The deadliest known outbreak of a measles-like virus in bottlenose dolphins has killed a record number of the animals along the US Atlantic coast since July, officials said on Friday.
A total of 753 bottlenose dolphins have washed up from New York to Florida from July 1 until Sunday last week, the National Oceanic and Atmospheric Administration (NOAA) said.
That is more than 10 times the number of dolphins that would typically turn up dead along East Coast beaches, NOAA Fisheries Marine Mammal Health and Stranding Response Program coordinator Teri Rowles said.
“Historic averages for this same time frame, same geographic area is only 74, so you get an idea of the scope,” she told reporters.
The death toll is also higher than the more than 740 strandings in the last major Atlantic morbillivirus outbreak in 1987 to 1988.
And they have come in a much shorter time period, leading officials to anticipate this event could get much worse.
“It is expected that the confirmed mortalities will be higher,” Rowles said.
“If this plays out similar to the ‘87 to ‘88 die-off, we are less than halfway through that time frame,” she said.
The cause of death is morbillivirus, a form of measles that is similar to canine distemper and can cause pneumonia, suppressed immune function and usually fatal brain infections.
There is no evidence that cetacean morbillivirus can cause disease in people.
However, sick dolphins can also have bacterial or fungal infections that do pose risks to people, so beachcombers are advised not to approach stranded animals, but rather to call a local stranding network for help. The virus spreads among dolphins in close contact.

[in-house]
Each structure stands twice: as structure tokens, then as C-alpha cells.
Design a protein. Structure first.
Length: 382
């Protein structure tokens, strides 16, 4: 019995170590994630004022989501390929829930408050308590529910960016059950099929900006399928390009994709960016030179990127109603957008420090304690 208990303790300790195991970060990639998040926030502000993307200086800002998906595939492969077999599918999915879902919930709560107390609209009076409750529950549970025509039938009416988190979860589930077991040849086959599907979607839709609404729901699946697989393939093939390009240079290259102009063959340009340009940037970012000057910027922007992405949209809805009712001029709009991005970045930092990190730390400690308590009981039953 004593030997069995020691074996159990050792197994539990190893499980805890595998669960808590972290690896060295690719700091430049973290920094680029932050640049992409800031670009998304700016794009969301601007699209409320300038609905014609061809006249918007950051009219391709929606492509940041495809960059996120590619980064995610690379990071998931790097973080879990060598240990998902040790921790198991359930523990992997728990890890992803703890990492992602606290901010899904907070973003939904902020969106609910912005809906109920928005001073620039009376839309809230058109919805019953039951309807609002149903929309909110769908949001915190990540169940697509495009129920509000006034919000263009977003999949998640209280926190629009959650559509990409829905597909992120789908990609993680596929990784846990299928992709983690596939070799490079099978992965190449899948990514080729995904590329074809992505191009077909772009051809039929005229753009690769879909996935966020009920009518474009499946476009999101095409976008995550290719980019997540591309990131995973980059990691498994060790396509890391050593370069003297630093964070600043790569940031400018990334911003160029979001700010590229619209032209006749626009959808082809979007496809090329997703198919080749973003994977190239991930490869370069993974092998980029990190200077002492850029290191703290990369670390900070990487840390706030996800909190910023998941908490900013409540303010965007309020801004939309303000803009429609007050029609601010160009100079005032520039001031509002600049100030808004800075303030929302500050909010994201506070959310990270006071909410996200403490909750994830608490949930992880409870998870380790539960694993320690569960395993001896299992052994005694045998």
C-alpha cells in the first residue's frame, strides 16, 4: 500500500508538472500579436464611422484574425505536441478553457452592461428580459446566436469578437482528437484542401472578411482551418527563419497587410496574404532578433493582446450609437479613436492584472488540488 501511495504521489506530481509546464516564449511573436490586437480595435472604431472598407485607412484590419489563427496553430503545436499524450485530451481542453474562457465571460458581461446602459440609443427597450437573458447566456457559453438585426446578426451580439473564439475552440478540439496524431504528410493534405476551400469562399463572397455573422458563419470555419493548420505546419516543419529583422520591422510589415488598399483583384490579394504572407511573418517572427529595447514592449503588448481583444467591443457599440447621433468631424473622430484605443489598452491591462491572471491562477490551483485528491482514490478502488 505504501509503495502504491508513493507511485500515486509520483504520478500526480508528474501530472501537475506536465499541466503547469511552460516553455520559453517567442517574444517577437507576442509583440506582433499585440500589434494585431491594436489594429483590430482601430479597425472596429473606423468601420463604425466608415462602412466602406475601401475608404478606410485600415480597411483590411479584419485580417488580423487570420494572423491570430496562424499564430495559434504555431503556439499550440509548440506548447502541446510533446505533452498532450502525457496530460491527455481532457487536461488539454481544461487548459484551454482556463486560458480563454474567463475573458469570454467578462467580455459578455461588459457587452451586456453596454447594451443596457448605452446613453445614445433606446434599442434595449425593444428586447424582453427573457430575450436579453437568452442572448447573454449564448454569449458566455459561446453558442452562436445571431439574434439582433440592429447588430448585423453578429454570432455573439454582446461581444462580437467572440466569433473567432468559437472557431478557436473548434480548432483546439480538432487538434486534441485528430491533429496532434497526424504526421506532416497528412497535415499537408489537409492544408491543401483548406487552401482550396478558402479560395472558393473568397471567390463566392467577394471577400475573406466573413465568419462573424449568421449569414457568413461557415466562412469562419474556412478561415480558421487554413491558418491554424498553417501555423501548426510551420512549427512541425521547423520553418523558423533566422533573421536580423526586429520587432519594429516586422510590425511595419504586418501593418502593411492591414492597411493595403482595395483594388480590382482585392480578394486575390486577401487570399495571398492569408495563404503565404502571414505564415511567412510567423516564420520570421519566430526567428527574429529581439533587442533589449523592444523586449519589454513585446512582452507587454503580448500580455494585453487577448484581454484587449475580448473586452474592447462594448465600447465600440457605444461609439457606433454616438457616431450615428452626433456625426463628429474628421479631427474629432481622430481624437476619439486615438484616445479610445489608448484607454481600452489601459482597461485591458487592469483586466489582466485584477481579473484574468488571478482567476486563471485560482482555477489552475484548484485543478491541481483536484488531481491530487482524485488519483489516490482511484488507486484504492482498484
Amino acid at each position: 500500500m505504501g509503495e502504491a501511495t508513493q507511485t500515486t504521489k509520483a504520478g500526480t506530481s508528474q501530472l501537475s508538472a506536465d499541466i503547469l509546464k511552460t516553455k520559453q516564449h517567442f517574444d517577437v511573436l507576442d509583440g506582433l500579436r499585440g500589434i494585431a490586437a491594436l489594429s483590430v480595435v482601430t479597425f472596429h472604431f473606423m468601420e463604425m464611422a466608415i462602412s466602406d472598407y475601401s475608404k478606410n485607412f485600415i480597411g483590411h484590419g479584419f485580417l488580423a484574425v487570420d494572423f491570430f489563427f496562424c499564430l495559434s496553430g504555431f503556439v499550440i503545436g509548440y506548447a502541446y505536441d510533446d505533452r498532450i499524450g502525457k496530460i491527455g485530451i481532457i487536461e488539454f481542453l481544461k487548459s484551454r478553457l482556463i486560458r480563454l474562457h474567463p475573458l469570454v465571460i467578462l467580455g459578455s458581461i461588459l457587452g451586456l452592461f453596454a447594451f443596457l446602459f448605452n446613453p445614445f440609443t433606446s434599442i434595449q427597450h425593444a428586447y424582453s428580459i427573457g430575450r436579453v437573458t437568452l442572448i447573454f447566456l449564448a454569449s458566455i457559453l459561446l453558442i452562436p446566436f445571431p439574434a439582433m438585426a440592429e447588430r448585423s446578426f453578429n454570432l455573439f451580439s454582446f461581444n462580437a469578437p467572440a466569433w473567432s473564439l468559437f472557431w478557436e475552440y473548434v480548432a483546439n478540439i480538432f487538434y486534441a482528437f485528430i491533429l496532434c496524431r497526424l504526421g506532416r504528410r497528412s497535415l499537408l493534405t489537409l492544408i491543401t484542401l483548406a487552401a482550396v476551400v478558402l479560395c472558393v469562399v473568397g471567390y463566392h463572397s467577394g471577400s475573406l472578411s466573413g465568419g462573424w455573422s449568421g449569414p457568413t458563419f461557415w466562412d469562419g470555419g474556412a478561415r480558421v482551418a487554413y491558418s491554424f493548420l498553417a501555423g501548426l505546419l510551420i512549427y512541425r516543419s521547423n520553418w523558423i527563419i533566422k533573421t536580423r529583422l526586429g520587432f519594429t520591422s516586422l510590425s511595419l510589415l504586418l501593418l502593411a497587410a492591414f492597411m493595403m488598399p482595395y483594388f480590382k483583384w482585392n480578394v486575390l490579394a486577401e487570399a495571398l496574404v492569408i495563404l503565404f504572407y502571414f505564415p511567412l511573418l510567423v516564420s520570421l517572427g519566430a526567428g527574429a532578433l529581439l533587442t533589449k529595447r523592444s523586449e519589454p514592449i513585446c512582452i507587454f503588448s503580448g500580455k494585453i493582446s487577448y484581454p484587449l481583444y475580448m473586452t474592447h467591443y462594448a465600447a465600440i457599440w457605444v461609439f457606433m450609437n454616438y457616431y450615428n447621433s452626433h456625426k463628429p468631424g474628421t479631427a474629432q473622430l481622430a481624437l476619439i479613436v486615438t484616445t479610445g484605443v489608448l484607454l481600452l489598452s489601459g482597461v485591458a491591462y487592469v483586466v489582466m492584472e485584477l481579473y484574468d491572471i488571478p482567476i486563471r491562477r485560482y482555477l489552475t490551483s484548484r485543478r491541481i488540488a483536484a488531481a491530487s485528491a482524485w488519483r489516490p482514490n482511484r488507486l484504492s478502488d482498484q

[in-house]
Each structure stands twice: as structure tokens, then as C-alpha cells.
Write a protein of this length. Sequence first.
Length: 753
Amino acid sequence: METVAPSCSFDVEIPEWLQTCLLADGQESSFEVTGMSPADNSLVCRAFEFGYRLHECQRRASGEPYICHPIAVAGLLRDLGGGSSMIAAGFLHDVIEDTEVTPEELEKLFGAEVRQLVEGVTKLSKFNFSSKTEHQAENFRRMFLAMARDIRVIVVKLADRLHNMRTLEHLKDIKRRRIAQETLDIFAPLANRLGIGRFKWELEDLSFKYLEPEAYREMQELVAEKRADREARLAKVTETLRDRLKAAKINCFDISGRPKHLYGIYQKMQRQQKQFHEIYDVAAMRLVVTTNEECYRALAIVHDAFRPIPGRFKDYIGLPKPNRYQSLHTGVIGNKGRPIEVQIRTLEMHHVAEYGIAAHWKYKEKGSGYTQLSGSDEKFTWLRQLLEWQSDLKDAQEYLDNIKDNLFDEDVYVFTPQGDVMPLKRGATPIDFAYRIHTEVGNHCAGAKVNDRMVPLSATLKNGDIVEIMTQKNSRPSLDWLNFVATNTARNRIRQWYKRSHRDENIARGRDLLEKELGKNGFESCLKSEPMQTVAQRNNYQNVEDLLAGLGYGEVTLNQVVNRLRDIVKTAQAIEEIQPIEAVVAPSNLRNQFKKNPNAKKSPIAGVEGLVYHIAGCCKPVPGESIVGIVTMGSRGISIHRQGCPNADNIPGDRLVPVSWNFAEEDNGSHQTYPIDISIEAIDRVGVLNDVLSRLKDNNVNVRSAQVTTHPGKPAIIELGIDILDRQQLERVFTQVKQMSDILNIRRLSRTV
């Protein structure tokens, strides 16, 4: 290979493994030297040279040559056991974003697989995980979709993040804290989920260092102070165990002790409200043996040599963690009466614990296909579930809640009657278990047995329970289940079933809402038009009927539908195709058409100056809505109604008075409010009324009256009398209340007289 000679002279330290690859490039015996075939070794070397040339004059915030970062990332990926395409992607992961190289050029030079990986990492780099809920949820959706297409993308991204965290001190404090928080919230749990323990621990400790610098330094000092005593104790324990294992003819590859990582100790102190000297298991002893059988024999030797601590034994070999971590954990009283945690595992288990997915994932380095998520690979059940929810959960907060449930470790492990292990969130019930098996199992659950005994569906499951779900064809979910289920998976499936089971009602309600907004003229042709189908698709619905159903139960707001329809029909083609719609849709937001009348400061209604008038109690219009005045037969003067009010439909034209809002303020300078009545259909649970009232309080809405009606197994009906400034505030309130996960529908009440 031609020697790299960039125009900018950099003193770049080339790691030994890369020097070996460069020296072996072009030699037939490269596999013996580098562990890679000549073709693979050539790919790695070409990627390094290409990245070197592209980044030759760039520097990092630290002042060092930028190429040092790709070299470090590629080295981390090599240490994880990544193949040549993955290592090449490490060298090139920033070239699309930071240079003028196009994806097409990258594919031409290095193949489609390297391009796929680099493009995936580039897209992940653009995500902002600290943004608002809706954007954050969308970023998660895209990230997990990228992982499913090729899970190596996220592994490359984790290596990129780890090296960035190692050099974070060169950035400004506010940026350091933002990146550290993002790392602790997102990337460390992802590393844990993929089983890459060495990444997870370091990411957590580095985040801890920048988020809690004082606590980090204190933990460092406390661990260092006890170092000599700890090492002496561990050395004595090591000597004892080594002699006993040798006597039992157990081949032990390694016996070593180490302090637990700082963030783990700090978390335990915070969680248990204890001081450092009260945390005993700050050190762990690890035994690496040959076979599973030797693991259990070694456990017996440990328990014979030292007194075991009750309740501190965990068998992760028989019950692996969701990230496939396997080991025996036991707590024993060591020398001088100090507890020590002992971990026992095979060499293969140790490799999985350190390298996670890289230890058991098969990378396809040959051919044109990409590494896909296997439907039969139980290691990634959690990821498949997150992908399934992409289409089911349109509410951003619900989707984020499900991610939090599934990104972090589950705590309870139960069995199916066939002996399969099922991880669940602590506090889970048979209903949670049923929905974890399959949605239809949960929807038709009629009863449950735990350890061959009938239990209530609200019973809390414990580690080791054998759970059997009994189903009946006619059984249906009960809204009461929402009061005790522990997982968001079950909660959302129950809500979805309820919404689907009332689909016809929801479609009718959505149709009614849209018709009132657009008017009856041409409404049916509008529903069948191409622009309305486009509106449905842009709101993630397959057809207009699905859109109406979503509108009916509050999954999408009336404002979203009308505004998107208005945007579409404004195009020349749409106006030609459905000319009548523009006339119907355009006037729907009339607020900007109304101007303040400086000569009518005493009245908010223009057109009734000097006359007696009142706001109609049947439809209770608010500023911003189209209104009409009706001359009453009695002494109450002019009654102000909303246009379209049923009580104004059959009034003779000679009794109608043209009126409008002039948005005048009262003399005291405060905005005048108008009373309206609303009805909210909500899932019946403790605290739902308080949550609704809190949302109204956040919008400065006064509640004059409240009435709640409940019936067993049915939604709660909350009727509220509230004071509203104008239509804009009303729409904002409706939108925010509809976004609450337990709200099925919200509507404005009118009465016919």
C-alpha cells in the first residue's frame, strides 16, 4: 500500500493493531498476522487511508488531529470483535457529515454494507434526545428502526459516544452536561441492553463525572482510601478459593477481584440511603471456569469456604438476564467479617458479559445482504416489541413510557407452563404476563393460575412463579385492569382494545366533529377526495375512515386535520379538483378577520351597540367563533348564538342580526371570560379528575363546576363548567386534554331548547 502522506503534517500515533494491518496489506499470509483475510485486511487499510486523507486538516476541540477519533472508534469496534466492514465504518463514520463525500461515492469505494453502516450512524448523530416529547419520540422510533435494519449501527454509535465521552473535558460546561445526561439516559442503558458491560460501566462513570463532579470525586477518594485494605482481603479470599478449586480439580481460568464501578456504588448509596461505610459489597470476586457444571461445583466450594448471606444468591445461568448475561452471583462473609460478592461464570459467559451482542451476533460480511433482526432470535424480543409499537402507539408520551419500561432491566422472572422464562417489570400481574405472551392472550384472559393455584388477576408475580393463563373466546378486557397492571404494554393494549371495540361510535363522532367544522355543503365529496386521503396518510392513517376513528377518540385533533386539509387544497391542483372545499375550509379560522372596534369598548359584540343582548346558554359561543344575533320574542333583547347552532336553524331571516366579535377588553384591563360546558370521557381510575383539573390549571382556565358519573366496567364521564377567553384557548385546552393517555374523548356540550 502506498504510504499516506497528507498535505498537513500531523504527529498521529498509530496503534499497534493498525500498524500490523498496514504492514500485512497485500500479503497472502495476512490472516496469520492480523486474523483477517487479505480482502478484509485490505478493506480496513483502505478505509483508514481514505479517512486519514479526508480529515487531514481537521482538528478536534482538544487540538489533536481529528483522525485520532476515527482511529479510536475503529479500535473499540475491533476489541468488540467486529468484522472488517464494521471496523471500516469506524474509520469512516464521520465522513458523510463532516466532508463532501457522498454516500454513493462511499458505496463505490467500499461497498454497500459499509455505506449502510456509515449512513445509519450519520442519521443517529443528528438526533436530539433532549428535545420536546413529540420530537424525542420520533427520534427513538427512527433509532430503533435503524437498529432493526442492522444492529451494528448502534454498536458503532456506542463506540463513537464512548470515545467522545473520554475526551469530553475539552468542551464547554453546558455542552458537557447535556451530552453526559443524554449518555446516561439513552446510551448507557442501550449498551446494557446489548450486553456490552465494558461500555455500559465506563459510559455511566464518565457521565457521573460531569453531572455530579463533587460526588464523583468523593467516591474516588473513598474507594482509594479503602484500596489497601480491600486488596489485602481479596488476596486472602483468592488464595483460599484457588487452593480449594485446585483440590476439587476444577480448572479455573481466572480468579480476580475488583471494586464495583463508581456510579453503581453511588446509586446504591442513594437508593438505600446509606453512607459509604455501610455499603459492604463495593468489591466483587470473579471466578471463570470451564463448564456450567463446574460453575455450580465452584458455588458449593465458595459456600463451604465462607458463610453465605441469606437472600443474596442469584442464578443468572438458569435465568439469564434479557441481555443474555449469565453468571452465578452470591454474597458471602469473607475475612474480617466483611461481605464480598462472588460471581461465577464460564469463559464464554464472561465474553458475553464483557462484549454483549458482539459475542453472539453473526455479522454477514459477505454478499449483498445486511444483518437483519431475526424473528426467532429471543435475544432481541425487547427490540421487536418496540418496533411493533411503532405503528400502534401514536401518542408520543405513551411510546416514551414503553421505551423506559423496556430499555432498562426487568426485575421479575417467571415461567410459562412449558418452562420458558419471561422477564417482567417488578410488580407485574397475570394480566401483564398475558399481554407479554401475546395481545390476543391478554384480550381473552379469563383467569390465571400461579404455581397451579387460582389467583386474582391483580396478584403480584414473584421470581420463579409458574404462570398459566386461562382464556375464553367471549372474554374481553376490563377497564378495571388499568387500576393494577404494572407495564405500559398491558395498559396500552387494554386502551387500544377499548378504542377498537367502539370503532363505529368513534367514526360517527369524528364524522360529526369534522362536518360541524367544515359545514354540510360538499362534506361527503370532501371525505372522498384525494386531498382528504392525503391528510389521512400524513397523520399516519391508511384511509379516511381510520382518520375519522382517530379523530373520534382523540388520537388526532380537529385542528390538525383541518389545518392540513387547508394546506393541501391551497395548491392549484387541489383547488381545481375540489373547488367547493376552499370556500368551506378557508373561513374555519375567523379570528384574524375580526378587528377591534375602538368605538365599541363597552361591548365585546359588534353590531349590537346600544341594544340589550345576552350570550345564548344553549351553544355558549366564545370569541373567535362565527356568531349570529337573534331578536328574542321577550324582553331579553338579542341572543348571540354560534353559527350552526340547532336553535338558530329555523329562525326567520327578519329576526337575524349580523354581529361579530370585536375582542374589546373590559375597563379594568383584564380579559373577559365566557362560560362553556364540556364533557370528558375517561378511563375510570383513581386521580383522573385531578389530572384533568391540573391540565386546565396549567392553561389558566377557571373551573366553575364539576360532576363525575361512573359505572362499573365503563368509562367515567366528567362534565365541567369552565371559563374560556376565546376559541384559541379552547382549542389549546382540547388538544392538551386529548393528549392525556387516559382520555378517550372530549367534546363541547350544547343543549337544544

A handful of washed up humpback whales and pygmy sperm whales have also tested positive for morbillivirus, but scientists have not been able to confirm that morbillivirus was the cause of those deaths since the animals were too decomposed by the time tests could be done.
Among bottlenose dolphins, immunity to the virus has been decreasing, particularly in the younger animals as time has gone by since the last outbreak 25 years ago.
“So we know we had a susceptible population, but just being susceptible alone is not how the outbreaks go,” she said. “We are trying to understand where this virus came from and how it got into the population in which it is now circulating.”
Recent tests on three other species that have been found stranded — spotted dolphins, harp seals and common dolphins — have all been negative for morbillivirus.
Without a way to vaccinate the wild population, there is little that officials can do, but collect the carcasses and continue to study them.